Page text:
A military judge plans to announce Wednesday morning what sentence she'll give Pfc. Bradley Manning, the U.S. Army intelligence analyst who stands convicted of what prosecutors believe was the biggest leak of classified materials in Army history.
The judge, Army Col. Denise Lind, reconvened the sentencing phase of Manning's court martial Tuesday morning, and noted the soldier has 1,293 days -- or 3 1/2 years -- of detention credit to consider. Manning's defense attorney previously argued that his client deserves additional consideration for the harsh conditions he suffered during part of that detention.
Lind's deliberations officially began after court recessed Tuesday morning. Later Tuesday, she told both sides that she intends to announce a sentence at 10 a.m. ET Wednesday.
Prosecutors have said Manning acted as a "determined insider" in leaking classified information about the wars in Iraq and Afghanistan and should be locked up for at least 60 years.
Manning's lawyer contends he can be rehabilitated and should not "rot in jail."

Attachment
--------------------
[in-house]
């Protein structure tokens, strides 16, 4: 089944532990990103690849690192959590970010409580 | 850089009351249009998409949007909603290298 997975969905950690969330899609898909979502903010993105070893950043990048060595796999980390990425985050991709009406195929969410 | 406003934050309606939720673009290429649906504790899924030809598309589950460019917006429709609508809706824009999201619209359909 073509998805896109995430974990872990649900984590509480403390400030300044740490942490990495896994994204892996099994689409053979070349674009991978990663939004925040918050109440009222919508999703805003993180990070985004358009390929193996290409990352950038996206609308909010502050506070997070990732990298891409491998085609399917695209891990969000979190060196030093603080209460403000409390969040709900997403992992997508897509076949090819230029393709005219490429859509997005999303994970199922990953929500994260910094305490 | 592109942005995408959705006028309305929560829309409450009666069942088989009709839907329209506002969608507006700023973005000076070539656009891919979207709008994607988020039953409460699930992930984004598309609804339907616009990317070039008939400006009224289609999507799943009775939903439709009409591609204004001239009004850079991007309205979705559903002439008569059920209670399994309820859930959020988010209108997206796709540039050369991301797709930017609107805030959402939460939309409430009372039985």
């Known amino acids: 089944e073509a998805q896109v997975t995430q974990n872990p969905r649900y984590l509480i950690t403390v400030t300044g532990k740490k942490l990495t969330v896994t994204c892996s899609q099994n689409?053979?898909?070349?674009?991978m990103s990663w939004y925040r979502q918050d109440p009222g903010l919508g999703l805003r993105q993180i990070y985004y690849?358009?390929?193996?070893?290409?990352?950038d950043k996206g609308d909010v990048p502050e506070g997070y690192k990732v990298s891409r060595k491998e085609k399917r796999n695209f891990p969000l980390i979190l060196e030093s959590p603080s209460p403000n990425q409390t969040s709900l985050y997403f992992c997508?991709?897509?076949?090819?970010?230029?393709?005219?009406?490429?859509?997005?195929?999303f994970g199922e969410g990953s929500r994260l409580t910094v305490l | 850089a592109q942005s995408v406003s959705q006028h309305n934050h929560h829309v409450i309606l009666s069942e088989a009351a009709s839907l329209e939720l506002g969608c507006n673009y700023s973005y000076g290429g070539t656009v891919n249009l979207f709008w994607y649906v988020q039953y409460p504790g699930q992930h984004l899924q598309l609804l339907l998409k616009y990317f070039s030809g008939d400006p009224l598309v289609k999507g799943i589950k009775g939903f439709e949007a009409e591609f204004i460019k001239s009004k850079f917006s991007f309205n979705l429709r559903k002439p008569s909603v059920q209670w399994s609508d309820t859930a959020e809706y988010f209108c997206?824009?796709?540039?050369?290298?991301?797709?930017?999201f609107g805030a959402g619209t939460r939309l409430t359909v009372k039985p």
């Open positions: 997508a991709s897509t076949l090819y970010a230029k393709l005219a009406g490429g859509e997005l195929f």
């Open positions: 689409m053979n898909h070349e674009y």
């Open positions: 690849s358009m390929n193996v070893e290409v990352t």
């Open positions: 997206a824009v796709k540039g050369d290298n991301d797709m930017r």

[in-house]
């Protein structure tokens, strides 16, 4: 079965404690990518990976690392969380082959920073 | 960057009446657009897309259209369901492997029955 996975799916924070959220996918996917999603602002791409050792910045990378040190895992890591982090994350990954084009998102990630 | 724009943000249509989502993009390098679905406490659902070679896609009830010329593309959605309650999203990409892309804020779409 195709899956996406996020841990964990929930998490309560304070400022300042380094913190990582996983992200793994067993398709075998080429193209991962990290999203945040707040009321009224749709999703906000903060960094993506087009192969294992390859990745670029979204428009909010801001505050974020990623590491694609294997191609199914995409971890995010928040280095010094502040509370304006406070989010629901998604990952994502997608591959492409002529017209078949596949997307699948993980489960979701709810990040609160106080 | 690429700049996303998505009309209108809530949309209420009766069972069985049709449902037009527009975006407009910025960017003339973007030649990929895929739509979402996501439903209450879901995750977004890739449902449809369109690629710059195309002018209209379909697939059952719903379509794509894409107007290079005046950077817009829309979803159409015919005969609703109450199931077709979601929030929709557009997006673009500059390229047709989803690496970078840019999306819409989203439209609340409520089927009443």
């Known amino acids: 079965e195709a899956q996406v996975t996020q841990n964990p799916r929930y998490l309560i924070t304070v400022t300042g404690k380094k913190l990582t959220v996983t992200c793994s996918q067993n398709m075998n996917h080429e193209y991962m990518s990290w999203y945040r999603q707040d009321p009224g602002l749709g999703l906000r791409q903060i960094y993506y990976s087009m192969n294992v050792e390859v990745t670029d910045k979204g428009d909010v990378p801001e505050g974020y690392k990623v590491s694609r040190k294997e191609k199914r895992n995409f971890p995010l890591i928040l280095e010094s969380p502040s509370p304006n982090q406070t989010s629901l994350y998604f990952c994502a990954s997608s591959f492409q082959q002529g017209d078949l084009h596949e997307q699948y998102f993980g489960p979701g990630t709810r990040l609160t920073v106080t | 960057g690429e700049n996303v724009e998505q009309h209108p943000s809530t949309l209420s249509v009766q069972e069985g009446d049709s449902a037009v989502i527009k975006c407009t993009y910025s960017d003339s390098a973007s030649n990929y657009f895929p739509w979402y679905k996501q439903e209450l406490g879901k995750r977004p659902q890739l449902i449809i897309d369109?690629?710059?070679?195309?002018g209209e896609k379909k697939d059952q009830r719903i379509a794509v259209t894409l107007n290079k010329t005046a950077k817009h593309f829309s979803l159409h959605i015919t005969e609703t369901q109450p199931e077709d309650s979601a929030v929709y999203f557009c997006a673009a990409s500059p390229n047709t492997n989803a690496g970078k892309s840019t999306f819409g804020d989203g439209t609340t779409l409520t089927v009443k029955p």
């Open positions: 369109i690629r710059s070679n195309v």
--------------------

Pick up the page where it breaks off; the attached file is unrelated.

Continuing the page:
Manning faces up to 90 years behind bars. Lawyers for both sides wrapped up their sentencing arguments Monday.
"There may not be a soldier in the history of the Army who displayed such an extreme disregard" for his mission, Capt. Joe Morrow, the prosecutor, said Monday.
Manning's arrogance, Morrow said, meant that he "felt he alone was knowledgeable and intelligent enough to determine what information was to be classified."
Morrow asked that Manning, 25, serve a minimum sentence of six decades behind bars, saying his actions created grave risk, disrupted diplomatic missions and endangered lives.
Defense attorney David Coombs did not ask for a specific sentence, but said that his client was an excellent candidate for rehabilitation and that he should not be left to "rot in jail."
"Perhaps his biggest crime was that he cared about the loss of life that he was seeing and couldn't ignore it," he said of Manning's decision to turn over the explosive information to WikiLeaks.
"This is a young man capable of being redeemed," Coombs said in final remarks. "The defense requests, after the court considers all the facts, a sentence that allows him to have a life."
Lind convicted Manning of numerous counts at his trial in July, including espionage-related charges. He avoided a potential life sentence when Lind rejected charges that his actions aided the enemy.
In addition to prison, prosecutors also want Manning to forfeit pay and benefits and pay a $100,000 fine.
Officials indicated a single sentence would cover all of the guilty counts.
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